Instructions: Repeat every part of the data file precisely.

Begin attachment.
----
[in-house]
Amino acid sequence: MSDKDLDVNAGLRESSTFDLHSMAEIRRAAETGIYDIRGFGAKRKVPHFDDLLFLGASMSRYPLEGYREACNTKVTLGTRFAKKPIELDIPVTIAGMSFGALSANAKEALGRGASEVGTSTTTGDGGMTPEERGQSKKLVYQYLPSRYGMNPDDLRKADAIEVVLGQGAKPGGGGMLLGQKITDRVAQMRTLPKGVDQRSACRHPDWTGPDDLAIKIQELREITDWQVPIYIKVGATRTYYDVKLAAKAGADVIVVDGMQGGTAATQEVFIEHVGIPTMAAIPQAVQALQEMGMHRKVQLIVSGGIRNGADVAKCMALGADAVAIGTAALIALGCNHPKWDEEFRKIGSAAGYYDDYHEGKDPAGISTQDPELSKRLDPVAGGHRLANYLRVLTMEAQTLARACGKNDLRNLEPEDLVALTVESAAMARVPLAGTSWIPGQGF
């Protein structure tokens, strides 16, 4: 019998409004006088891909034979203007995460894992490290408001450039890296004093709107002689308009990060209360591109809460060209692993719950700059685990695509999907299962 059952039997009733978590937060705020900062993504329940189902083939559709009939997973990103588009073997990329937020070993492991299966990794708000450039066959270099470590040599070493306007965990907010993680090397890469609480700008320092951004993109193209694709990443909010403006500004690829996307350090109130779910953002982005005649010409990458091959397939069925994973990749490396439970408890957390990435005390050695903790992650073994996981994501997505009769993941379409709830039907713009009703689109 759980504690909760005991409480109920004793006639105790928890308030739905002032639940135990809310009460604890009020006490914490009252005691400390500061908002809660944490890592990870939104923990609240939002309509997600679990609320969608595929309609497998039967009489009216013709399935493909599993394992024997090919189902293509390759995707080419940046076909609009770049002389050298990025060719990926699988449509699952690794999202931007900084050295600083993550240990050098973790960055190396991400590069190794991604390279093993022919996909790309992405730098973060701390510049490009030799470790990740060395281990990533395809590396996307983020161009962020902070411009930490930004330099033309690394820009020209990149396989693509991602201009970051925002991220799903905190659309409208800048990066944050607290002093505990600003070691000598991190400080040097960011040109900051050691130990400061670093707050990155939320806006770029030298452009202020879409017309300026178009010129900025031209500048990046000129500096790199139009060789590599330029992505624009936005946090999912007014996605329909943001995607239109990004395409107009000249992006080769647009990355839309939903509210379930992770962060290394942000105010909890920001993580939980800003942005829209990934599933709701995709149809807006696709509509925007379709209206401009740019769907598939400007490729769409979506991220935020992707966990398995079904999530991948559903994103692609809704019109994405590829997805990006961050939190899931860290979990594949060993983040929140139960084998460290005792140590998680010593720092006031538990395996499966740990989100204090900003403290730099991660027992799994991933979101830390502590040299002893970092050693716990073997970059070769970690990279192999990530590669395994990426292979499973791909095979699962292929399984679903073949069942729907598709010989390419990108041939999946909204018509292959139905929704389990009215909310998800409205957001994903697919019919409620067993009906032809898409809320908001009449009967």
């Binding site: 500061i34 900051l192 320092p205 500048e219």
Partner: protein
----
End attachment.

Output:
[in-house]
Amino acid sequence: MSDKDLDVNAGLRESSTFDLHSMAEIRRAAETGIYDIRGFGAKRKVPHFDDLLFLGASMSRYPLEGYREACNTKVTLGTRFAKKPIELDIPVTIAGMSFGALSANAKEALGRGASEVGTSTTTGDGGMTPEERGQSKKLVYQYLPSRYGMNPDDLRKADAIEVVLGQGAKPGGGGMLLGQKITDRVAQMRTLPKGVDQRSACRHPDWTGPDDLAIKIQELREITDWQVPIYIKVGATRTYYDVKLAAKAGADVIVVDGMQGGTAATQEVFIEHVGIPTMAAIPQAVQALQEMGMHRKVQLIVSGGIRNGADVAKCMALGADAVAIGTAALIALGCNHPKWDEEFRKIGSAAGYYDDYHEGKDPAGISTQDPELSKRLDPVAGGHRLANYLRVLTMEAQTLARACGKNDLRNLEPEDLVALTVESAAMARVPLAGTSWIPGQGF
């Protein structure tokens, strides 16, 4: 019998409004006088891909034979203007995460894992490290408001450039890296004093709107002689308009990060209360591109809460060209692993719950700059685990695509999907299962 059952039997009733978590937060705020900062993504329940189902083939559709009939997973990103588009073997990329937020070993492991299966990794708000450039066959270099470590040599070493306007965990907010993680090397890469609480700008320092951004993109193209694709990443909010403006500004690829996307350090109130779910953002982005005649010409990458091959397939069925994973990749490396439970408890957390990435005390050695903790992650073994996981994501997505009769993941379409709830039907713009009703689109 759980504690909760005991409480109920004793006639105790928890308030739905002032639940135990809310009460604890009020006490914490009252005691400390500061908002809660944490890592990870939104923990609240939002309509997600679990609320969608595929309609497998039967009489009216013709399935493909599993394992024997090919189902293509390759995707080419940046076909609009770049002389050298990025060719990926699988449509699952690794999202931007900084050295600083993550240990050098973790960055190396991400590069190794991604390279093993022919996909790309992405730098973060701390510049490009030799470790990740060395281990990533395809590396996307983020161009962020902070411009930490930004330099033309690394820009020209990149396989693509991602201009970051925002991220799903905190659309409208800048990066944050607290002093505990600003070691000598991190400080040097960011040109900051050691130990400061670093707050990155939320806006770029030298452009202020879409017309300026178009010129900025031209500048990046000129500096790199139009060789590599330029992505624009936005946090999912007014996605329909943001995607239109990004395409107009000249992006080769647009990355839309939903509210379930992770962060290394942000105010909890920001993580939980800003942005829209990934599933709701995709149809807006696709509509925007379709209206401009740019769907598939400007490729769409979506991220935020992707966990398995079904999530991948559903994103692609809704019109994405590829997805990006961050939190899931860290979990594949060993983040929140139960084998460290005792140590998680010593720092006031538990395996499966740990989100204090900003403290730099991660027992799994991933979101830390502590040299002893970092050693716990073997970059070769970690990279192999990530590669395994990426292979499973791909095979699962292929399984679903073949069942729907598709010989390419990108041939999946909204018509292959139905929704389990009215909310998800409205957001994903697919019919409620067993009906032809898409809320908001009449009967």
């Binding site: 500061i34 900051l192 320092p205 500048e219």
Partner: protein